Samsung, GlobalFoundries tie up for mobile chip designs

Samsung. 'offer design platform for faster production of chips based on Arm designs

Chip makers including Samsung and GlobalFoundries on Monday announced a development platform that could hasten the release of a new generation of low-power chips for mobile devices.

The development platform will lead to faster design and production of mobile and embedded chips using the advanced 32-nanometer and 28-nanometer processes, the companies said. The platform will include tools that enable designing and engineering of chips.

The platform could help customers push more power-efficient mobile chips to market faster, said Jason Gorss, a GlobalFoundries spokesman. The platform will include intellectual property from Arm and low-power process technology from the Common Platform, which is an alliance between IBM, Samsung and GlobalFoundries.

Samsung Electronics said it has completed reliability testing and is ready to start volume production of low-power chips using the 32-nanometer process. The company said it was ready to meet the needs the "media-intensive, energy-efficient requirements of next-generation mobile consumer electronics."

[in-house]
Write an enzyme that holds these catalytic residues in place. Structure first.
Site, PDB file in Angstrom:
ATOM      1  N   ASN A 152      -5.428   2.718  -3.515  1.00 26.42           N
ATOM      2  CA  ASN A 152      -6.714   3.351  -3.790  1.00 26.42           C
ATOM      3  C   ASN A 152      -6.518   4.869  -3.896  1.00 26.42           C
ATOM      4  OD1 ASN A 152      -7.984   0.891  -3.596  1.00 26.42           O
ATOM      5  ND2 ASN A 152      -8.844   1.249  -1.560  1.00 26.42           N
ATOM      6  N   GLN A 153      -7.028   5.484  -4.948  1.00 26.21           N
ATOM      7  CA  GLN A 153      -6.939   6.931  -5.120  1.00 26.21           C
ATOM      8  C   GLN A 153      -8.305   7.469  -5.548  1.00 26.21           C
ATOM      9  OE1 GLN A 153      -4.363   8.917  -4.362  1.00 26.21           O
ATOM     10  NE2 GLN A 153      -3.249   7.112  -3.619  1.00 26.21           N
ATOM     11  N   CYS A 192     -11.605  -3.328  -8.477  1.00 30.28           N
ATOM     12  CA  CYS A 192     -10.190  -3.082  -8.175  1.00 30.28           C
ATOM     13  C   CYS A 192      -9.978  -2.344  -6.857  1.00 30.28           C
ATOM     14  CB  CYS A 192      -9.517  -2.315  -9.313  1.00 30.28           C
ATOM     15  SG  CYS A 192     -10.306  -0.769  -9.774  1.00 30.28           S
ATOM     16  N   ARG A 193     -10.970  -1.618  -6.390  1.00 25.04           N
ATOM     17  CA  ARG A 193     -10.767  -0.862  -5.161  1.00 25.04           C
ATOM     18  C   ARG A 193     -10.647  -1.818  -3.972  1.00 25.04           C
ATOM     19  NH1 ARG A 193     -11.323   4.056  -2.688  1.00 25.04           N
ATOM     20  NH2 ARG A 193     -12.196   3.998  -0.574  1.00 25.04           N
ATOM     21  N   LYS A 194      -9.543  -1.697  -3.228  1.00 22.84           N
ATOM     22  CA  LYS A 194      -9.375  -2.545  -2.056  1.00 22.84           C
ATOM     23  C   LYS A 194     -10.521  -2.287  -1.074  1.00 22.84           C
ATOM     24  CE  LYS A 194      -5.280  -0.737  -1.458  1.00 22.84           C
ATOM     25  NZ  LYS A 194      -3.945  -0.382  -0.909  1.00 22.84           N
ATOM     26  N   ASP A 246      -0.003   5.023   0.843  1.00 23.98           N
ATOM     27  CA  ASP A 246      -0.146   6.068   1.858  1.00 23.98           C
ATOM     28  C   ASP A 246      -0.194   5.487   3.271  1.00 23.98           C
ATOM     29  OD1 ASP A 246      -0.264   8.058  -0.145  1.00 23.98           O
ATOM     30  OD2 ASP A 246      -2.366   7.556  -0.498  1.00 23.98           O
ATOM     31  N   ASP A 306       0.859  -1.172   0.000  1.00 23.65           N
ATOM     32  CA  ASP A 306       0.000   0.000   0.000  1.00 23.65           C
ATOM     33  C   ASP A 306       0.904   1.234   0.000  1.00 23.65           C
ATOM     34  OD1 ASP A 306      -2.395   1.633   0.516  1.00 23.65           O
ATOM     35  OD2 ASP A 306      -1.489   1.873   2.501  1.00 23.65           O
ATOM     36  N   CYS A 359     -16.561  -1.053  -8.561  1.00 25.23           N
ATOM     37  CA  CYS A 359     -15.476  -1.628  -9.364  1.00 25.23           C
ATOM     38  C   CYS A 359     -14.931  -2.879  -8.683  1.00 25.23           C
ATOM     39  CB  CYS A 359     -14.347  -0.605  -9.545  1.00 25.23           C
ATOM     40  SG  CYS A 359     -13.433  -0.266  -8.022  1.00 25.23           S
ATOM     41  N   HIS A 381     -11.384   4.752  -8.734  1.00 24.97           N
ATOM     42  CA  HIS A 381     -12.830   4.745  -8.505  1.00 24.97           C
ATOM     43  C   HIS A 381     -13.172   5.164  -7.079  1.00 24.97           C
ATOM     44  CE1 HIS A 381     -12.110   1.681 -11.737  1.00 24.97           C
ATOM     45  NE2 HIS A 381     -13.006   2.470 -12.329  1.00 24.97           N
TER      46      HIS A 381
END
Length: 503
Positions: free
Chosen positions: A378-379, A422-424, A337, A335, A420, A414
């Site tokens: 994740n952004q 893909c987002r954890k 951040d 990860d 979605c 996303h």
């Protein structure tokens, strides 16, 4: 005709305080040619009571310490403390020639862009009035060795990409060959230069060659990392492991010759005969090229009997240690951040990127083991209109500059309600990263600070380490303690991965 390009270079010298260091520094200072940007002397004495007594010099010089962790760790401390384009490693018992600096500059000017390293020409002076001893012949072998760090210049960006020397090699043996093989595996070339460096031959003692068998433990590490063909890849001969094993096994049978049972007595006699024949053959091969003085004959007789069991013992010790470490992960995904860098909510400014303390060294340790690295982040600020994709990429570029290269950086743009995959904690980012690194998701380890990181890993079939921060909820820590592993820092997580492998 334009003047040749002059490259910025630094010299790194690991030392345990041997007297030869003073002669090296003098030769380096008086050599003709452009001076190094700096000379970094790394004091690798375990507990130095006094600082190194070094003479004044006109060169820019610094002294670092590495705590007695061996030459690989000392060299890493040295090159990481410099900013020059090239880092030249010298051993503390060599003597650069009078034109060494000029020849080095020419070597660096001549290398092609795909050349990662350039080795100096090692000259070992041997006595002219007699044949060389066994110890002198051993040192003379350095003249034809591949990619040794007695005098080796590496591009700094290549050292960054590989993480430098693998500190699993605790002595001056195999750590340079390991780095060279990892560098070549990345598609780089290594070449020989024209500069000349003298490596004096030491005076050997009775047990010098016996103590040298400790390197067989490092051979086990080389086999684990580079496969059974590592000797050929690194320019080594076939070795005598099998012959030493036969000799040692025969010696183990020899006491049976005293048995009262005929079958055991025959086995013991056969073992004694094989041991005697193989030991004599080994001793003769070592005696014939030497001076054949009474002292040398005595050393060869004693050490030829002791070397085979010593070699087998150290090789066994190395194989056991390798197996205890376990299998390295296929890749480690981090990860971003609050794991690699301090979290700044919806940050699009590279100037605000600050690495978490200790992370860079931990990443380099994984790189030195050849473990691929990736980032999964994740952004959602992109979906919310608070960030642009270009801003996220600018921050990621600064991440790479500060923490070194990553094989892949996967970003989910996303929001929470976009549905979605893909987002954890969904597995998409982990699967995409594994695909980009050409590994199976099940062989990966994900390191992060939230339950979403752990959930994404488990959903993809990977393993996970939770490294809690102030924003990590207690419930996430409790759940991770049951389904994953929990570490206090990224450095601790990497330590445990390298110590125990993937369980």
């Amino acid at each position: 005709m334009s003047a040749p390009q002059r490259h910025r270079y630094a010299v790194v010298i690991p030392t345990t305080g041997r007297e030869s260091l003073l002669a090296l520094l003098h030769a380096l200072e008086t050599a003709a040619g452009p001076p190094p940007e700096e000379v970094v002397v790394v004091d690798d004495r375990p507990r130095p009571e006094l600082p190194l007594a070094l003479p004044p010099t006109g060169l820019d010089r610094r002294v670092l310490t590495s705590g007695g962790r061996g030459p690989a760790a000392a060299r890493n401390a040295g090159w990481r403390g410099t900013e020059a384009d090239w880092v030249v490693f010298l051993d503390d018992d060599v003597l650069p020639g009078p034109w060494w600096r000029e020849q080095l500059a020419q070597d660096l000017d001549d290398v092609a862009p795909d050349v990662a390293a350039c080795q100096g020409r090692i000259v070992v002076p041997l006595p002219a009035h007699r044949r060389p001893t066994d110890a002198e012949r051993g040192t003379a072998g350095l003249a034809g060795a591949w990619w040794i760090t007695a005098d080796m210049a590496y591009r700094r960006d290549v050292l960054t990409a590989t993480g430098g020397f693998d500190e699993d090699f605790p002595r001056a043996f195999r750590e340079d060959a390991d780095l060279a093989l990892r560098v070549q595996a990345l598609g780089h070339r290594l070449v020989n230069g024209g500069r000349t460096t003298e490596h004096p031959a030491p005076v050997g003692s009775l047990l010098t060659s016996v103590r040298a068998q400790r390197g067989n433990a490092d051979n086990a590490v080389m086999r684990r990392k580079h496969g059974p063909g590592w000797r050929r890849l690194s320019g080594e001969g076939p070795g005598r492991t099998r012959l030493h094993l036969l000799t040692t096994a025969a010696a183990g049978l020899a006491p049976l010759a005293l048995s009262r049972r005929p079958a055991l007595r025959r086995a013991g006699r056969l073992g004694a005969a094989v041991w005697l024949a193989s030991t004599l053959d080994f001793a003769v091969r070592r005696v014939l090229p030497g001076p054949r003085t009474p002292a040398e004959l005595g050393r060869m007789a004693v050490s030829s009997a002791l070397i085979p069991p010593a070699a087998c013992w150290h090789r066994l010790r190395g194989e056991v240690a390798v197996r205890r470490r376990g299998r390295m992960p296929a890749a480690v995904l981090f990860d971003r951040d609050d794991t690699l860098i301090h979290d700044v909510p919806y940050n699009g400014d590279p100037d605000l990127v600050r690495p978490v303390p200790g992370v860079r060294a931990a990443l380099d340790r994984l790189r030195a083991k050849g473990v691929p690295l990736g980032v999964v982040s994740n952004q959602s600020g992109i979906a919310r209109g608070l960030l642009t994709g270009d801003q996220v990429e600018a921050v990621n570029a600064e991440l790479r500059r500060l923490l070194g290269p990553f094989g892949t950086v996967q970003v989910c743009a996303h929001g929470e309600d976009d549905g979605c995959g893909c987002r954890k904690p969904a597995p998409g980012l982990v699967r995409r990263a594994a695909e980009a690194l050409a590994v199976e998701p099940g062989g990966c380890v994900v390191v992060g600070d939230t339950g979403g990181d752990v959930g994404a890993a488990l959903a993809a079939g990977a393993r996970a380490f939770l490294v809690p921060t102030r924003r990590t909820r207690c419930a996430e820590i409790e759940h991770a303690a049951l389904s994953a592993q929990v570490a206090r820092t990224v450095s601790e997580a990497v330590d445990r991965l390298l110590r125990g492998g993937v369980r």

Samsung was able to achieve significant power reduction due to improved manufacturing technologies and chip designs. The chip shows a 30 percent dynamic power reduction and less leakage compared to chips made using the 45-nm design.

Samsung provides chips for mobile phones, among other devices. According to Chipworks, Apple's A4 chip, which is in the iPad tablet, is fabricated using Samsung's 45-nm process. Apple has said that an A4 chip will also used in the upcoming iPhone, which is due for release on June 24.

GlobalFoundries will focus on production of mobile chips using the 28-nm process, Gorss said. GlobalFoundries' production of chips based on the 28-nm process will start in the fourth quarter of this year. GlobalFoundries plans to implement the 32-nm manufacturing process in the future, which it will retain for faster chips such as Advanced Micro Devices' laptops and desktop chips.

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